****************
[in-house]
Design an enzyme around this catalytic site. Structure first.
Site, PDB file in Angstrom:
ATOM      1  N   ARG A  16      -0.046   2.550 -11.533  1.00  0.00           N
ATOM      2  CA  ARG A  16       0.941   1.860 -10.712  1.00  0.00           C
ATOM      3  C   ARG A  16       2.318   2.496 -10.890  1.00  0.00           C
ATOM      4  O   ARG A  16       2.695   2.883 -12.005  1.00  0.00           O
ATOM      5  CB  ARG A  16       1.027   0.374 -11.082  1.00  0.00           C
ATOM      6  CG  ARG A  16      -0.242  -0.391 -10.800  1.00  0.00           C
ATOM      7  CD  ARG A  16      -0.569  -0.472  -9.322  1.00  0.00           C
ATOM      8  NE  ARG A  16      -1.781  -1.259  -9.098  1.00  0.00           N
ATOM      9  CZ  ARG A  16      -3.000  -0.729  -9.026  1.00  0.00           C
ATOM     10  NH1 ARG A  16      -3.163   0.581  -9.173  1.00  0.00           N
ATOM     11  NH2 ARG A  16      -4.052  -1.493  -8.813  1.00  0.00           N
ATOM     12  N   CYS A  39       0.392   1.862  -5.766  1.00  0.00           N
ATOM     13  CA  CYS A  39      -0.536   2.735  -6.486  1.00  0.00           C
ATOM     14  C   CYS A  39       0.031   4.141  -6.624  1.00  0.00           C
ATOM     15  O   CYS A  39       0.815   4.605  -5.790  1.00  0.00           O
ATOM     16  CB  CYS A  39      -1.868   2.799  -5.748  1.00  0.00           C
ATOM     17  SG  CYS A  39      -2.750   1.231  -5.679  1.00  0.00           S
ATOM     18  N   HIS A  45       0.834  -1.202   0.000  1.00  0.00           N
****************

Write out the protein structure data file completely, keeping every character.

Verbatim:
[in-house]
Design an enzyme around this catalytic site. Structure first.
Site, PDB file in Angstrom:
ATOM      1  N   ARG A  16      -0.046   2.550 -11.533  1.00  0.00           N
ATOM      2  CA  ARG A  16       0.941   1.860 -10.712  1.00  0.00           C
ATOM      3  C   ARG A  16       2.318   2.496 -10.890  1.00  0.00           C
ATOM      4  O   ARG A  16       2.695   2.883 -12.005  1.00  0.00           O
ATOM      5  CB  ARG A  16       1.027   0.374 -11.082  1.00  0.00           C
ATOM      6  CG  ARG A  16      -0.242  -0.391 -10.800  1.00  0.00           C
ATOM      7  CD  ARG A  16      -0.569  -0.472  -9.322  1.00  0.00           C
ATOM      8  NE  ARG A  16      -1.781  -1.259  -9.098  1.00  0.00           N
ATOM      9  CZ  ARG A  16      -3.000  -0.729  -9.026  1.00  0.00           C
ATOM     10  NH1 ARG A  16      -3.163   0.581  -9.173  1.00  0.00           N
ATOM     11  NH2 ARG A  16      -4.052  -1.493  -8.813  1.00  0.00           N
ATOM     12  N   CYS A  39       0.392   1.862  -5.766  1.00  0.00           N
ATOM     13  CA  CYS A  39      -0.536   2.735  -6.486  1.00  0.00           C
ATOM     14  C   CYS A  39       0.031   4.141  -6.624  1.00  0.00           C
ATOM     15  O   CYS A  39       0.815   4.605  -5.790  1.00  0.00           O
ATOM     16  CB  CYS A  39      -1.868   2.799  -5.748  1.00  0.00           C
ATOM     17  SG  CYS A  39      -2.750   1.231  -5.679  1.00  0.00           S
ATOM     18  N   HIS A  45       0.834  -1.202   0.000  1.00  0.00           N